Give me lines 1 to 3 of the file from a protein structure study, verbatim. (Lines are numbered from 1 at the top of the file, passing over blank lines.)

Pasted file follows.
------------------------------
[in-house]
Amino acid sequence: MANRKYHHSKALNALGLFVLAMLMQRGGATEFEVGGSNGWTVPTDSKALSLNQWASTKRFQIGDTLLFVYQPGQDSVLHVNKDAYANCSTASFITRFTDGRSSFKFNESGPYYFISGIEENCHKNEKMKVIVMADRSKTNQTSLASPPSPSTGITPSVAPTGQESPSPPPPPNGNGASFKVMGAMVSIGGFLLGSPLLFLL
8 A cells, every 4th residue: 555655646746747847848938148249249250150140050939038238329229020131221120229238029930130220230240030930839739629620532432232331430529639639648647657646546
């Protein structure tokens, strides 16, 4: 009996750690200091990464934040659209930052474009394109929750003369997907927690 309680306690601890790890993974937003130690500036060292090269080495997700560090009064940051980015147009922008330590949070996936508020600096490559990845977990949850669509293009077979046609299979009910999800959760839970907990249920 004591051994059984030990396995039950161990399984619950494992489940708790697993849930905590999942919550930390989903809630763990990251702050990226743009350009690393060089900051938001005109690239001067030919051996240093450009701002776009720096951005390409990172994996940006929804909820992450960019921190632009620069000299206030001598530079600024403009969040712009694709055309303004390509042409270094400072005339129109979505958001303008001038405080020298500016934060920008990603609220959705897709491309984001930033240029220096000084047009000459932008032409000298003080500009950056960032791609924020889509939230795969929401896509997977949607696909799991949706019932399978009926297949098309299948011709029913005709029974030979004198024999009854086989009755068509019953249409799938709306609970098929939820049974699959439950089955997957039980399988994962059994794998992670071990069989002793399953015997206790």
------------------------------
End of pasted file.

[in-house]
Amino acid sequence: MANRKYHHSKALNALGLFVLAMLMQRGGATEFEVGGSNGWTVPTDSKALSLNQWASTKRFQIGDTLLFVYQPGQDSVLHVNKDAYANCSTASFITRFTDGRSSFKFNESGPYYFISGIEENCHKNEKMKVIVMADRSKTNQTSLASPPSPSTGITPSVAPTGQESPSPPPPPNGNGASFKVMGAMVSIGGFLLGSPLLFLL
8 A cells, every 4th residue: 555655646746747847848938148249249250150140050939038238329229020131221120229238029930130220230240030930839739629620532432232331430529639639648647657646546